Paul Cezanne 1861
Paul Cezanne 1861

In 1999 the deal was finally closed. The Swiss lawyer and the representative of the Art Loss Register met and exchanged Cezanne’s painting for the proprietorship of the remaining 6 paintings. The originality of Cezanne’s work of art had been confirmed by two impartial and invited experts. The illegal holder still did not want to reveal himself and the ownership of the paintings was transferred to a newly established Panama company called Erie International Trading Company, Inc.

In the same year, M.Bakwin decided to sell Cezanne, and it was bought by a press magnate and collector S.I. Newhouse for 29.5 million USD. However, the story does not end yet.

The case of the remaining paintings came to life again when in 2005 part of the collection popped up at the Sotheby’s auction. Again, the Art Loss Register was involved in the case, and again M. Bakwin tried to regain his right to the ownership of the paintings with the help of English lawyers.

In the English court, a case was brought to the attention of the Sotheby’s and Erie International Trading Company. It must be emphasized that Sotheby’s was a party to this case only because of the possession of collection. It was obvious that Sotheby’s had nothing to do with the illicit acquisition of works of art.

At the same time, Erie Company founded the case in Geneva, as in the case regarding the ownership of the artworks mentioned in the contract, it was subject to Swiss jurisdiction.

In the English court, M. Bakwin tried to prove he was forced to transfer the ownership to Erie International Trading Company and the whole proposal was a forced situation. However, in the court in Geneva, the Erie Company has proved that their company is in legal possession of the paintings.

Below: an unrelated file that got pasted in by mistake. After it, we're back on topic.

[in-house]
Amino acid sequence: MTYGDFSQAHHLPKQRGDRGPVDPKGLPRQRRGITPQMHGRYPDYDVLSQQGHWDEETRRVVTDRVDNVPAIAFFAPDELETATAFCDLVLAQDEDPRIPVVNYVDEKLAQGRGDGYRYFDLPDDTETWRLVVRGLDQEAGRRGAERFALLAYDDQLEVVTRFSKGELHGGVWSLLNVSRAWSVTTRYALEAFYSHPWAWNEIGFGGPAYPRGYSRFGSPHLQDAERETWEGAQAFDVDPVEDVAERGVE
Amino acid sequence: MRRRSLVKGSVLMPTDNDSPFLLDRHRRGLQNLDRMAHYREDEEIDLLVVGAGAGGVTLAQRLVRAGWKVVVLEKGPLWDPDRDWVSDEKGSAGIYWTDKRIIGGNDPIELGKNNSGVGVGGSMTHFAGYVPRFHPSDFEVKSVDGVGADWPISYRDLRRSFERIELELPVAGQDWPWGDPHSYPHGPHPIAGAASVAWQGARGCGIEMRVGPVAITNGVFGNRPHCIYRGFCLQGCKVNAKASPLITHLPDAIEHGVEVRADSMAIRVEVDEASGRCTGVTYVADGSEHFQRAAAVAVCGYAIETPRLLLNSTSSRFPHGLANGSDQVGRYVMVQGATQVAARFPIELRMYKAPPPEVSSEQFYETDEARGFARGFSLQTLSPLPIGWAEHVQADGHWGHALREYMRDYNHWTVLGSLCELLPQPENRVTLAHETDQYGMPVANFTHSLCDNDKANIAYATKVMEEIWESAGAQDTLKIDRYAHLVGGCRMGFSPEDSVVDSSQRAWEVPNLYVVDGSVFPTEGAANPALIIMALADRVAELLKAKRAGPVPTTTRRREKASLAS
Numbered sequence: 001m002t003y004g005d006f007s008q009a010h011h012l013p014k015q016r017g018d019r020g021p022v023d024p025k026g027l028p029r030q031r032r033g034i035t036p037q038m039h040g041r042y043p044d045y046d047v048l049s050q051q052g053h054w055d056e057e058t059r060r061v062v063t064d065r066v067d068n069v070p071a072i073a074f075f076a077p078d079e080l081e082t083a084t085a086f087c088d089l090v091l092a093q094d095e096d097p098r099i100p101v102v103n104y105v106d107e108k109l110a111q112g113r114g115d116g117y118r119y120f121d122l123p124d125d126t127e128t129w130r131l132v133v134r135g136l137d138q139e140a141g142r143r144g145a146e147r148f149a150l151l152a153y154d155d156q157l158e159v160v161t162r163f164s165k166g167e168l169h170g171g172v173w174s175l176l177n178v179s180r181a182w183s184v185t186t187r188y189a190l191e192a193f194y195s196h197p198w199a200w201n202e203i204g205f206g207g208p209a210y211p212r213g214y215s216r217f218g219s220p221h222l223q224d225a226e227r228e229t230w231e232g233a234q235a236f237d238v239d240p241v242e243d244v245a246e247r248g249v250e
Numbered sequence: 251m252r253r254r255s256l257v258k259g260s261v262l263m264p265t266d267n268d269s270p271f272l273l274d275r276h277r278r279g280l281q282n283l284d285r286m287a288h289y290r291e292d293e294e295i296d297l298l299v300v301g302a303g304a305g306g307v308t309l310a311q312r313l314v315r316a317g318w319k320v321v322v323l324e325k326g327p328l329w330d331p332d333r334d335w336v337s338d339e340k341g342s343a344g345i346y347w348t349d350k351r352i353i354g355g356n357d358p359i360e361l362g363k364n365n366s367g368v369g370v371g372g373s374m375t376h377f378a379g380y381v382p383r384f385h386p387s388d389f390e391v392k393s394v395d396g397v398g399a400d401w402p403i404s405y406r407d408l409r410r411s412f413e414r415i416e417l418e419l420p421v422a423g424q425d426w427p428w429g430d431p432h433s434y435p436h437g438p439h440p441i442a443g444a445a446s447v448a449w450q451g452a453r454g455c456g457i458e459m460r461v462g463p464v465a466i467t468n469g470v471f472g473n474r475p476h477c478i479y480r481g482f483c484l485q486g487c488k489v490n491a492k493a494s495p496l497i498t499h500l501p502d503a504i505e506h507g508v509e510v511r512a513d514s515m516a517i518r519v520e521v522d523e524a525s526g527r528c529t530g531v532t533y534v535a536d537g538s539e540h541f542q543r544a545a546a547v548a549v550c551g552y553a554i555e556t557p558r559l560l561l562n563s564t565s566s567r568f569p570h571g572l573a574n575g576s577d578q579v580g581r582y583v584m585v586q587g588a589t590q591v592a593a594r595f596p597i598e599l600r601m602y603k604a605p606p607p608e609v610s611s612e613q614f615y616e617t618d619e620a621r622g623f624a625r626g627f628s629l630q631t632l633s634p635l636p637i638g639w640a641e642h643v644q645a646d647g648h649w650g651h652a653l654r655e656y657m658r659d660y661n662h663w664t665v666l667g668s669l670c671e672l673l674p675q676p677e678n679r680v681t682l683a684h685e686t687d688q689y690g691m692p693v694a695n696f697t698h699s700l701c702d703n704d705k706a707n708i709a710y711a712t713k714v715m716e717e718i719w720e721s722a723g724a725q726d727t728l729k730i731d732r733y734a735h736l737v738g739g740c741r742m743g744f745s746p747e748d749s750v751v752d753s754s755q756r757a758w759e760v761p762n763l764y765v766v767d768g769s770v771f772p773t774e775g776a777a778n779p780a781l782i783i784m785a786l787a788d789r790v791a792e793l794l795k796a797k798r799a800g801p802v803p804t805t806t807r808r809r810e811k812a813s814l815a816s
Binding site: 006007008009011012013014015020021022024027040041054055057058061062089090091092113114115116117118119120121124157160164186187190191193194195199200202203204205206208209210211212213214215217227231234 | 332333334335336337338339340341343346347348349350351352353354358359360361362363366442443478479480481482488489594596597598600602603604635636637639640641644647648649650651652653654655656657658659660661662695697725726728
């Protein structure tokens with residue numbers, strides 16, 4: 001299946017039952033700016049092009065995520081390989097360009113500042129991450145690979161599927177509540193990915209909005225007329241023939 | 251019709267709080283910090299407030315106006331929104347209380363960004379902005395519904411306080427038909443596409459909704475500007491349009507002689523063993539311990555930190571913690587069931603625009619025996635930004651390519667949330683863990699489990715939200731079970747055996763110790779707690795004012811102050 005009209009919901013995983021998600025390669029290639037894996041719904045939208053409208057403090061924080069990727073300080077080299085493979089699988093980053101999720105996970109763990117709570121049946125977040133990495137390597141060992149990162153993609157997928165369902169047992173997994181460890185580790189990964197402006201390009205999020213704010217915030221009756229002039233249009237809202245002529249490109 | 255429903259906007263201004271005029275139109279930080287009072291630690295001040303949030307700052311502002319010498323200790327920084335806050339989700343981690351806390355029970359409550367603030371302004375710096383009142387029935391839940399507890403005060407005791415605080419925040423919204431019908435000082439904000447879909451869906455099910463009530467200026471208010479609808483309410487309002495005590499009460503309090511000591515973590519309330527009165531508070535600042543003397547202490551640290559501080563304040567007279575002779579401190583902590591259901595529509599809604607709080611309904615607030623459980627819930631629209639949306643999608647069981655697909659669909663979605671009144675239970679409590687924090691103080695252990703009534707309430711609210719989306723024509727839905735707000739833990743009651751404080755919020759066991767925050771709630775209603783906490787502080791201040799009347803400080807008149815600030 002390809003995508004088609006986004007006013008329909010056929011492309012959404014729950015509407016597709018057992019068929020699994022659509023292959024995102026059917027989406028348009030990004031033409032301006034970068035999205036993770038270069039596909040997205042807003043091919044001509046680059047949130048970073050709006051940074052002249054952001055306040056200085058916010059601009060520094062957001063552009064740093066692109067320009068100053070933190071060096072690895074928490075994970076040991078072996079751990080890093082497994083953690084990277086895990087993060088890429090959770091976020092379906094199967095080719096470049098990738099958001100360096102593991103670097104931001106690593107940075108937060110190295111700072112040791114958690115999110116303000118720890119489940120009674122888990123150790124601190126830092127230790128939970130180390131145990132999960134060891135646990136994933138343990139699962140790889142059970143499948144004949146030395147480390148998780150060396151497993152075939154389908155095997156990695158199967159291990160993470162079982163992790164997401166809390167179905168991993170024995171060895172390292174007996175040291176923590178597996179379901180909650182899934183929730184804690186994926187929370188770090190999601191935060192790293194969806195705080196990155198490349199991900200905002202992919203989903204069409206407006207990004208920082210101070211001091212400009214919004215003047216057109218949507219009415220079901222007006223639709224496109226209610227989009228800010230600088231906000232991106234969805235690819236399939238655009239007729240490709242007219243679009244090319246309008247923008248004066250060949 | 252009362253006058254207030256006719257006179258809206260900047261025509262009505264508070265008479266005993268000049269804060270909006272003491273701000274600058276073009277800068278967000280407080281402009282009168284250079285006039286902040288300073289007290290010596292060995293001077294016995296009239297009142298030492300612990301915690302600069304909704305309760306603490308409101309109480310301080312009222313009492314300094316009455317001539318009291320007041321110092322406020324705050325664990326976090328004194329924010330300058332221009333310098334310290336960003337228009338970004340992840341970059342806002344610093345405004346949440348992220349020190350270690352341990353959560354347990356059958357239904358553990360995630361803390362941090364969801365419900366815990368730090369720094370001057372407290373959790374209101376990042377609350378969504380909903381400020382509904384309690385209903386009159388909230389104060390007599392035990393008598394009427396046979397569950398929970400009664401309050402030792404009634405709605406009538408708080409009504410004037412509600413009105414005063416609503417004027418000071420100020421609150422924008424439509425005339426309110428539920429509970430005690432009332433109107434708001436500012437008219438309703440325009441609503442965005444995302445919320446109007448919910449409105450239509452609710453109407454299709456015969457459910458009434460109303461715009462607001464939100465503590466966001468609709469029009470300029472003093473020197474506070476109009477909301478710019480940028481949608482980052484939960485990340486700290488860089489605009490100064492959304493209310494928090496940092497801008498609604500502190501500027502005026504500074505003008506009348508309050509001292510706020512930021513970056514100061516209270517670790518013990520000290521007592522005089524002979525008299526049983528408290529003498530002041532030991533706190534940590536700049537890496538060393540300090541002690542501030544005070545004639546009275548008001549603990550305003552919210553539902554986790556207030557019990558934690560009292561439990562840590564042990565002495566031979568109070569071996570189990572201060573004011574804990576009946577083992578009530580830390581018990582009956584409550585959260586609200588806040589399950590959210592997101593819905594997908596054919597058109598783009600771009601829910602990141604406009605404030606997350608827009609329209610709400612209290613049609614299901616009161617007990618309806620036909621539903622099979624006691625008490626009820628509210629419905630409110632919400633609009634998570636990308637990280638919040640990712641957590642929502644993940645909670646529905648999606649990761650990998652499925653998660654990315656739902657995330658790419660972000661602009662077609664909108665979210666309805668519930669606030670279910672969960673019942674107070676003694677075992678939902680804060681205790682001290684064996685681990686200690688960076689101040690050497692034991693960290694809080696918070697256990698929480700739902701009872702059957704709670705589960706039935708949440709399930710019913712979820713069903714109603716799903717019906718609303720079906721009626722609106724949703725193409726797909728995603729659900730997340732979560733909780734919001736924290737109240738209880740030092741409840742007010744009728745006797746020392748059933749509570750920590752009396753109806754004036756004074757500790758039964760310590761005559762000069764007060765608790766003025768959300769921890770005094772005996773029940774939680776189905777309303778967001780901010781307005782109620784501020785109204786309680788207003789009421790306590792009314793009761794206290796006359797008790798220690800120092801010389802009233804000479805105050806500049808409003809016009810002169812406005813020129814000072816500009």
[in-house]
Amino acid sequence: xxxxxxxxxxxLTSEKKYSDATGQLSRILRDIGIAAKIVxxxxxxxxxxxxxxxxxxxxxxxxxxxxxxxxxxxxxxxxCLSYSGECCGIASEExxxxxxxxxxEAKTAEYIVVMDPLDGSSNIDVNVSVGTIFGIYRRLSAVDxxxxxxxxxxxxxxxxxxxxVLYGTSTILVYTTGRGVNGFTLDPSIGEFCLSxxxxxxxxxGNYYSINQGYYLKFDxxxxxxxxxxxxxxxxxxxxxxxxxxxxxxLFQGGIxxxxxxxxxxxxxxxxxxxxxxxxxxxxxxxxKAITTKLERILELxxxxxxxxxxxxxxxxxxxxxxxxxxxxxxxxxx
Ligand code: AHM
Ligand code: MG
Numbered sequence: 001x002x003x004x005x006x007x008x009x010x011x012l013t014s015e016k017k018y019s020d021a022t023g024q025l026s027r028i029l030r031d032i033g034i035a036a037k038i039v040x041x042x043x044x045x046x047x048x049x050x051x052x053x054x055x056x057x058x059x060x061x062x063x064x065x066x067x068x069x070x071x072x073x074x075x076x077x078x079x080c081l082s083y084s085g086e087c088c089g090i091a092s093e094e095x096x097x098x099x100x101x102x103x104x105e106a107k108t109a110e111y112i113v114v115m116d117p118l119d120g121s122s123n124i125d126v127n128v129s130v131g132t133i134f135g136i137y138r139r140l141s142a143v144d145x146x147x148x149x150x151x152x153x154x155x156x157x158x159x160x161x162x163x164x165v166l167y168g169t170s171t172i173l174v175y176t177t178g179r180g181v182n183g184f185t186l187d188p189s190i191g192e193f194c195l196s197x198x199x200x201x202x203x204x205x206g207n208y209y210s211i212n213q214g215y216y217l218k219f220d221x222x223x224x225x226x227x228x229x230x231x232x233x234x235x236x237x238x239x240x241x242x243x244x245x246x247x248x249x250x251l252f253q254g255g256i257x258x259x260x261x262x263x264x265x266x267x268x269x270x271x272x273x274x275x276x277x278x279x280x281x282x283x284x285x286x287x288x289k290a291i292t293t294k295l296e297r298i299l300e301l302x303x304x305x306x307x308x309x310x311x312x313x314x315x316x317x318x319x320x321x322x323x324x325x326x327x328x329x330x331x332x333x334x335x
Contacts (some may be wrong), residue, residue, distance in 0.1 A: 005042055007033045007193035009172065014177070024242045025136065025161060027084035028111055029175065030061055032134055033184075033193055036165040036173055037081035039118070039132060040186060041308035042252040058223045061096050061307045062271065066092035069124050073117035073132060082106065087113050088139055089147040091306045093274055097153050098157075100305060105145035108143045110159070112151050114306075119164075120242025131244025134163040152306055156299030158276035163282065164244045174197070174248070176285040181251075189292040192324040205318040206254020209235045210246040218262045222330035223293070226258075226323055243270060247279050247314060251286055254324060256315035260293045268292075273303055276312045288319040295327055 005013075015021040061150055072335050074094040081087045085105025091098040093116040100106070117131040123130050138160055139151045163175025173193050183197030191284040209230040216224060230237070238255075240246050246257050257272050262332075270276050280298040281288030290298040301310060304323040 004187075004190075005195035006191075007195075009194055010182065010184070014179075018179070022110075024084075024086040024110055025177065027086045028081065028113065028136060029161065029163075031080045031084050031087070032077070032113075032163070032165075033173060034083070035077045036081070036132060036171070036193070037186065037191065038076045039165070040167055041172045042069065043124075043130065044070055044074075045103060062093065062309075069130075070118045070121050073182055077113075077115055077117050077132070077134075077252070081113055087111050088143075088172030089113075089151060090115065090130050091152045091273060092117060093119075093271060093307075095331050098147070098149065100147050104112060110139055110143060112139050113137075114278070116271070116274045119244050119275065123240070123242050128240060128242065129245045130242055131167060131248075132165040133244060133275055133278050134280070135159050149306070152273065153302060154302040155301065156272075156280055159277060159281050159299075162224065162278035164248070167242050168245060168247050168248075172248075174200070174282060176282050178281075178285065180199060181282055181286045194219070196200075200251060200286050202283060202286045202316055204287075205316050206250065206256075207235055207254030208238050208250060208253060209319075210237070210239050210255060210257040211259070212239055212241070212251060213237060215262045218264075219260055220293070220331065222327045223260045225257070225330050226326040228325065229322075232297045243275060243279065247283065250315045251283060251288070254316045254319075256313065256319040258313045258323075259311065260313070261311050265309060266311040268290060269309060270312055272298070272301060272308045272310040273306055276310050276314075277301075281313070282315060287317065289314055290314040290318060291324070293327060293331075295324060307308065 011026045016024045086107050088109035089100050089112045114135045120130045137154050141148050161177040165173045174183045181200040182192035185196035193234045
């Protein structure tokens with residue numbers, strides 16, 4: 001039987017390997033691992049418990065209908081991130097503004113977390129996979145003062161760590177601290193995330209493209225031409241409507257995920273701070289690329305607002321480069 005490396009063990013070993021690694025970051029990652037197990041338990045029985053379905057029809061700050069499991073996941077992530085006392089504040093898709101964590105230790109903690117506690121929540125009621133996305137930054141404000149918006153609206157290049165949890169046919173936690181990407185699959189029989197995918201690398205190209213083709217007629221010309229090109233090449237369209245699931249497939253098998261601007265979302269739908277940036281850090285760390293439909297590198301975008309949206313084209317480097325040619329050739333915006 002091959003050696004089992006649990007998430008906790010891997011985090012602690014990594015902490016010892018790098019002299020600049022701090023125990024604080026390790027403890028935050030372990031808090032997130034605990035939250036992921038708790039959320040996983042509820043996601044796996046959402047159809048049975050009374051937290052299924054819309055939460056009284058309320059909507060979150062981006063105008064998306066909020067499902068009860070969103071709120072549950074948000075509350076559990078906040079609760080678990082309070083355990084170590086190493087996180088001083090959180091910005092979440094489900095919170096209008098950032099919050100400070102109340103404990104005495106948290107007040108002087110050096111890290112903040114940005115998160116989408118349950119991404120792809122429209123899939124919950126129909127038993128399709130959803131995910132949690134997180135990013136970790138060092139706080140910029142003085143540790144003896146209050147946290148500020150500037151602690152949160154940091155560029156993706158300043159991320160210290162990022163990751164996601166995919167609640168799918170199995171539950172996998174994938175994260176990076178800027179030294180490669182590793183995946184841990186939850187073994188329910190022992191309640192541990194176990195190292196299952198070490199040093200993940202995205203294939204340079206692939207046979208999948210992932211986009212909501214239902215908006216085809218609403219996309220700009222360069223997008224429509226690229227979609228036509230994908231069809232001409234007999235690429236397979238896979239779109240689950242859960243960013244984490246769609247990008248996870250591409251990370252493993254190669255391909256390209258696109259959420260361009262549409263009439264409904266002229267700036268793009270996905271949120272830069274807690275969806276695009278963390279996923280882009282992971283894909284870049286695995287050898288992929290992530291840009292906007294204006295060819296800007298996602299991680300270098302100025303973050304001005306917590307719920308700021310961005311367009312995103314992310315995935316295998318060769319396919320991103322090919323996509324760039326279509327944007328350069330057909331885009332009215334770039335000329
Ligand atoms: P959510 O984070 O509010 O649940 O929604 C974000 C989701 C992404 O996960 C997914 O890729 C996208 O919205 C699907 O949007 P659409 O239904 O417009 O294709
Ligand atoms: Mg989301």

Soon, the English court took the side of M. Botwin’s lawyers. Thus, representatives of the Erie company to save the situation tried to reach the owner of the paintings.

The company came across a trace of Robert Mardirosian, a criminal lawyer who was supposed to represent the real thief. At the same time, the Art Loss Register established the connection between the creation of Erie Trading Company and Mardirosian. This could indicate that the robber was Robert Mardirosian.

Explore Still Live from  Artists at BeArte Gallery

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Des Pommes Et Une Poire
Des Pommes Et Une Poire. B.Krajewska
Piknik
Picnic. J.Szumska
Stilllifewithlemon
Still life with lemon.C. Fertey-Green
Flowers in Pastel Colors Gallery Bearte A.Rogowska
Flowers in pastel. A Rogowska
Bouquet. C. Christine Fertey-Green
Bouquet. C. Christine Fertey-Green

In order to get proof of whether Mardirosian is actually the unidentified owner of the paintings, the Art Loss Register reached for the case of the sealed document which was in deposit in London. By the court order, the document was opened.

The two signatures, one the statement and one from Mardirosian, were compared and confirmed to be identical. This was evidence that Mardirosian was involved in the theft of collection from the beginning.

Robert Mardirosian hired a lawyer who tried to prove that he received the paintings from criminal David T. Colvin. At the same time, Mardirosian has made public that David Colvin really stands behind the theft of works of art. Robert also involved a lawyer who tried to prove the veracity of his version.